One day, a lively and successful businessman was bitten by a wasp, triggering an unexpected encephalopathy of the brain. Afterwards, he was a changed man, doing almost nothing all day and expressing little interest in anyone else. But this apathy could be swiftly reversed with even the tiniest stimulation from another human being – offering a newspaper or challenging him to a game of bridge, for example. It’s as if the man could react, but not act.
Cases similar to this one have been documented in the medical literature. There was a patient who at one point laid on his bed for thirty minutes with an unlit cigarette in his mouth. When asked what he was doing, he matter-of-factly responded, “I am waiting for a light”. Another person spent 45 minutes standing with his hands on a lawn mower, frozen and unable to move. But when prompted by his son to cut the grass, he immediately sprang into action. A man referred to as Mr. M in a case report required external prodding for all of his daily activities, even eating. On one occasion he almost got burned by staying too long in the shower until he was told to turn the water off.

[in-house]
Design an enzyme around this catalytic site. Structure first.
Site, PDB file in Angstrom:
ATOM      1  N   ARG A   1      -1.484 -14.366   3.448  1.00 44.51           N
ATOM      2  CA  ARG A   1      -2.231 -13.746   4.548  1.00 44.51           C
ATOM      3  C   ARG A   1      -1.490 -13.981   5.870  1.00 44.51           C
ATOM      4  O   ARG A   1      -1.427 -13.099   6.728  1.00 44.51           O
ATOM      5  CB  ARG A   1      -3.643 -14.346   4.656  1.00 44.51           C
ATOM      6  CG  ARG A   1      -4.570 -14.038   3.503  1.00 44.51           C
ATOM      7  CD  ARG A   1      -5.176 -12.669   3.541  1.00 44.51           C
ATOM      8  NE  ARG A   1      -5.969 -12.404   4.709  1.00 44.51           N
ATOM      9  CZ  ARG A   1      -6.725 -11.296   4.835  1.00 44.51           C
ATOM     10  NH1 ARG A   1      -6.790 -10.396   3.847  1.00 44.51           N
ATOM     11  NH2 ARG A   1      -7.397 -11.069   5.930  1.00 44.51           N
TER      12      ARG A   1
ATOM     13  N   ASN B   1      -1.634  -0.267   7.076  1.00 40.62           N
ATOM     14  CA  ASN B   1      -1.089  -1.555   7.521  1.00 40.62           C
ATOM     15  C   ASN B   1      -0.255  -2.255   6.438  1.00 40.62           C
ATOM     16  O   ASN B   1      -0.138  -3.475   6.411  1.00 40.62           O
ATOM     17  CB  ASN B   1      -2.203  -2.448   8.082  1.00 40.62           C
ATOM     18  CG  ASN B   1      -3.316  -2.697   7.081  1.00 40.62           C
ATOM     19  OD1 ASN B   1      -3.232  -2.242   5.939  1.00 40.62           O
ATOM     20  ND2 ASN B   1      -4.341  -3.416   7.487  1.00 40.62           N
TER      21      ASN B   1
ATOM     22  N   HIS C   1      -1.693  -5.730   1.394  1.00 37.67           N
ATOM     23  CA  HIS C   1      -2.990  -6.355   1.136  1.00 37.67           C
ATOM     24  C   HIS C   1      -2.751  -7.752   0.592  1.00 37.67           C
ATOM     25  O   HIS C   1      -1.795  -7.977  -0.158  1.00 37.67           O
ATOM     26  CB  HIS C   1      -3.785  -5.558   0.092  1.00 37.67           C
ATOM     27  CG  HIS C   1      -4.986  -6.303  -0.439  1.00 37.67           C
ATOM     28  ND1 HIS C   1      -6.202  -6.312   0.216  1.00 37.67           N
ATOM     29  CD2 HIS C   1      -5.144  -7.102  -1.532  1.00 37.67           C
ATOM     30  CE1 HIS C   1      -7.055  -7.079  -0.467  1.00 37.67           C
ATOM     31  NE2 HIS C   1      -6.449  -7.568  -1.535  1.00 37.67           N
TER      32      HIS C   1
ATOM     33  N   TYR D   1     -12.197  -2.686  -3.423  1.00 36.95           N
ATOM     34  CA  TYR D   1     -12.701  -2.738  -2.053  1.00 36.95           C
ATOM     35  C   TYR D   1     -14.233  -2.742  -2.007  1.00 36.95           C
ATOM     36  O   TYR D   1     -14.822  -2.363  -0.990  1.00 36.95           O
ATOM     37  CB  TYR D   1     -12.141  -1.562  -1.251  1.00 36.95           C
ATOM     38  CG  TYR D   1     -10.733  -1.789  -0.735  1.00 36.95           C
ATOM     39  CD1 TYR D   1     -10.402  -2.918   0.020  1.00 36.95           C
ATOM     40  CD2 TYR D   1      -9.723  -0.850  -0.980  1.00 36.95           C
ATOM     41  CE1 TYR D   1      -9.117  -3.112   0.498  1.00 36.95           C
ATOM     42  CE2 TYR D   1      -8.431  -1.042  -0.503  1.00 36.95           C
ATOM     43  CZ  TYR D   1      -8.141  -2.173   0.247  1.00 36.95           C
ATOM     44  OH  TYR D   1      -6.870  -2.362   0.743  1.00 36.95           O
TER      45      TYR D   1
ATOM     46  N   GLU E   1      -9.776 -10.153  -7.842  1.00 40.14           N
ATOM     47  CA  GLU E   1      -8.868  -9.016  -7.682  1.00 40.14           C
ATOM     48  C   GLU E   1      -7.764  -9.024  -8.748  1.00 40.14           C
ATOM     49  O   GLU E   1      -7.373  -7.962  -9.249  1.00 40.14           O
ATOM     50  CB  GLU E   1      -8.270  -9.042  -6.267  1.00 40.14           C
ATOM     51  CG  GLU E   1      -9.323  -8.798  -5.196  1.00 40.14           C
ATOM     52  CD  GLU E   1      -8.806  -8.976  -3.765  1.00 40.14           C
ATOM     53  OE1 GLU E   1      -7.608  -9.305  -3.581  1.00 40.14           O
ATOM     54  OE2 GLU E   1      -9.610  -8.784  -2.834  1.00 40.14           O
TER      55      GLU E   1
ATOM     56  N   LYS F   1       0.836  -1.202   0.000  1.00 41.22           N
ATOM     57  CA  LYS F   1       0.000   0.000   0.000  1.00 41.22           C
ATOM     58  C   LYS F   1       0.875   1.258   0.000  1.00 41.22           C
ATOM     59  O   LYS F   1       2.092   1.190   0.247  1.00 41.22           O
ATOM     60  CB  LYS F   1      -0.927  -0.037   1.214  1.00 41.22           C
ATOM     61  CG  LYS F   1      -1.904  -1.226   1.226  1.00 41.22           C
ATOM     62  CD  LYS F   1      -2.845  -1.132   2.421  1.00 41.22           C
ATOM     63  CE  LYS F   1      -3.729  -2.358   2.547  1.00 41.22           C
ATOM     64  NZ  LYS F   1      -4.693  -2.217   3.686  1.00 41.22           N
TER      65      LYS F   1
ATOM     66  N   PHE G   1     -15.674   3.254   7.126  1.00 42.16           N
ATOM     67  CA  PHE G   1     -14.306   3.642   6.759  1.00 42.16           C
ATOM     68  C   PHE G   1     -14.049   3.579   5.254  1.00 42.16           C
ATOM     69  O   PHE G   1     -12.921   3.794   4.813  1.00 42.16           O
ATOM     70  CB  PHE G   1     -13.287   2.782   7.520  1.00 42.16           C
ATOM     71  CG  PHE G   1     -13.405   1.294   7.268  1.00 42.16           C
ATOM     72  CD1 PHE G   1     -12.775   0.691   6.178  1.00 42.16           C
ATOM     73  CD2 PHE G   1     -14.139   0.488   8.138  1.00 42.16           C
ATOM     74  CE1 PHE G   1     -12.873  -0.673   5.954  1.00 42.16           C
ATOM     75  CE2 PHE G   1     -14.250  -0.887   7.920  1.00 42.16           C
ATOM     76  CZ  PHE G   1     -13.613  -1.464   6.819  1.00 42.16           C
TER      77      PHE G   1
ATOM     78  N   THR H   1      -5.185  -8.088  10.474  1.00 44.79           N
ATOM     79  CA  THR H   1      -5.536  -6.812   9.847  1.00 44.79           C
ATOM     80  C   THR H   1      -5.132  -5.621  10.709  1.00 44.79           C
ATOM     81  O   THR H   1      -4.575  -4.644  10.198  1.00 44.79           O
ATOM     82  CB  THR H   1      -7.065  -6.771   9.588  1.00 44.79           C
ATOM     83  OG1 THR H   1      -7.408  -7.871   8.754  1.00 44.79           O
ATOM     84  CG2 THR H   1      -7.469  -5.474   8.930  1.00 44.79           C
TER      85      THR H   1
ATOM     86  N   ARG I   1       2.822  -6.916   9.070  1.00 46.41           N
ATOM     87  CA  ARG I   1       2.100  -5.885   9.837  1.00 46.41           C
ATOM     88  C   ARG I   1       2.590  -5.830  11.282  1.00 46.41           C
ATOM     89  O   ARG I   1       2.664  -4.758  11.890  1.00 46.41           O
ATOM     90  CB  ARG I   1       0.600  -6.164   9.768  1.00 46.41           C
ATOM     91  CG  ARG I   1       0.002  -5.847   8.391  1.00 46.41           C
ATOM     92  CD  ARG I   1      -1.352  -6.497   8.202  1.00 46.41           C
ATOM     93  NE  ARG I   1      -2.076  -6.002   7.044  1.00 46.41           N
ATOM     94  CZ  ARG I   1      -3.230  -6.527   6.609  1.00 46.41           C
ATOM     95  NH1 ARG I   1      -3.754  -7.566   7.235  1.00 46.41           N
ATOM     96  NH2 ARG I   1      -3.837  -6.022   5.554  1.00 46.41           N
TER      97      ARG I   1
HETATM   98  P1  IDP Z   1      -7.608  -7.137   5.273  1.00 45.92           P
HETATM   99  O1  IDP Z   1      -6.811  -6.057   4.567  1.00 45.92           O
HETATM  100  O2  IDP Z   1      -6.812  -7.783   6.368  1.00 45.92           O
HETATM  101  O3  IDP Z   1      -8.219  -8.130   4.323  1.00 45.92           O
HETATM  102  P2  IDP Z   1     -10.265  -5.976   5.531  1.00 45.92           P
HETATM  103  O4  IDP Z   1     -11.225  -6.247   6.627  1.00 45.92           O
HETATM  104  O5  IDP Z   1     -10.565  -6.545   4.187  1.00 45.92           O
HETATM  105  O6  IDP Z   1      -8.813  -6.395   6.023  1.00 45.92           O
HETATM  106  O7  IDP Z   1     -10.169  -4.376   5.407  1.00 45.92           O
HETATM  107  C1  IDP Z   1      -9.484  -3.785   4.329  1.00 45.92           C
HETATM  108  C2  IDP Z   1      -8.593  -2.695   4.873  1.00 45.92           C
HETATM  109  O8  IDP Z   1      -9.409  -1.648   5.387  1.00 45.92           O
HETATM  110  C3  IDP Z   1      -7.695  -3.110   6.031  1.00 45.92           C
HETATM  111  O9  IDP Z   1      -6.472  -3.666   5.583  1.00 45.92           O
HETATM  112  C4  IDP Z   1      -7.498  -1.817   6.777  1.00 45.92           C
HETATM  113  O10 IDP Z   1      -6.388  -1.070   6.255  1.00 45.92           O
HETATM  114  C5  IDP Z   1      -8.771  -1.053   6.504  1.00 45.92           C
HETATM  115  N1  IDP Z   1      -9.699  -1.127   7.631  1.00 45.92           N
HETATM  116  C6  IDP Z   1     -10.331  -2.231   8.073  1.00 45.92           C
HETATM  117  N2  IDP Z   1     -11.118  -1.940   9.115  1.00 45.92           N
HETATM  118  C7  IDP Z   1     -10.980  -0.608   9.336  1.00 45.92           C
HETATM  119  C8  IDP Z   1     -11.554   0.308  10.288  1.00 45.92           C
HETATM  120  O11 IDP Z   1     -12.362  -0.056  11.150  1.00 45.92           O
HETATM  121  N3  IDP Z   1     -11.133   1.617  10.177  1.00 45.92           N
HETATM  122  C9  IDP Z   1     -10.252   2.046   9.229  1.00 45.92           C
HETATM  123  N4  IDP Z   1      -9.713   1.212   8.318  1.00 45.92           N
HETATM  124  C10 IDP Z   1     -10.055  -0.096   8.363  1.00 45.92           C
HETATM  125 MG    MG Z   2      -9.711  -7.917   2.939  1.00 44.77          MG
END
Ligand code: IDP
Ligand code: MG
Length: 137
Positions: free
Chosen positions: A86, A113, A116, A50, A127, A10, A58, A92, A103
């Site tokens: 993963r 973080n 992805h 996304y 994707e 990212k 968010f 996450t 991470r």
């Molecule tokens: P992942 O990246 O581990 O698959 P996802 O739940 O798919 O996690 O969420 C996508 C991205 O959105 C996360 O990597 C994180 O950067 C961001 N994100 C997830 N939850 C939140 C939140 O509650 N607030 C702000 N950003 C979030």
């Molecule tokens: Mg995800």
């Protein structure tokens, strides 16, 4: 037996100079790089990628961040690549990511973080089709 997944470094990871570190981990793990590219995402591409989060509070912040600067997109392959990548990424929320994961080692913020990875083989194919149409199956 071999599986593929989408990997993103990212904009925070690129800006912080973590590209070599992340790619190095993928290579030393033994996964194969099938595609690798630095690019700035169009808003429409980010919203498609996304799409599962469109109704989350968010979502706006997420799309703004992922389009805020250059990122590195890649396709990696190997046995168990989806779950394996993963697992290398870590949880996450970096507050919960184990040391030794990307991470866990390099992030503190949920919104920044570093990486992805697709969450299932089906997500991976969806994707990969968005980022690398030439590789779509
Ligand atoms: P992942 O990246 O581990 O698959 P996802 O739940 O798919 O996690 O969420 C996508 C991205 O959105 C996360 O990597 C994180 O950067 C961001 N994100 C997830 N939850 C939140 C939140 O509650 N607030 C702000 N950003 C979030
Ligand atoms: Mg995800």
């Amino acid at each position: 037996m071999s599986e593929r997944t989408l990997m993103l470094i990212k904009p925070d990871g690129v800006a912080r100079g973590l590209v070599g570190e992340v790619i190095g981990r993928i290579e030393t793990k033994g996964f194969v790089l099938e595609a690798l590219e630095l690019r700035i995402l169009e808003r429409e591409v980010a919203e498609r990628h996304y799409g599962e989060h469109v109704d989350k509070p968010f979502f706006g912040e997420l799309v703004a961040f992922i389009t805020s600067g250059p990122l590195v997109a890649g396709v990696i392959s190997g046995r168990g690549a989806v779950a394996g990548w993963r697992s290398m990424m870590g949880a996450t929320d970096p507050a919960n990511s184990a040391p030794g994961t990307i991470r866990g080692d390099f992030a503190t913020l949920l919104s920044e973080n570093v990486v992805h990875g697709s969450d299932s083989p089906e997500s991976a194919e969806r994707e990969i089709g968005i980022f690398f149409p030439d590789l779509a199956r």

The syndrome striking these people is called Auto-Activation Deficit (AAD). First characterized by French researchers back in 1984, it seems to be caused by damage to the basal ganglia, which in turn disrupts fibers which control the activation of mental processing. The basal ganglia constitute numerous structures found near the base of the brain. Collectively, they are best known for their role in triggering wanted movements while inhibiting unwanted movements.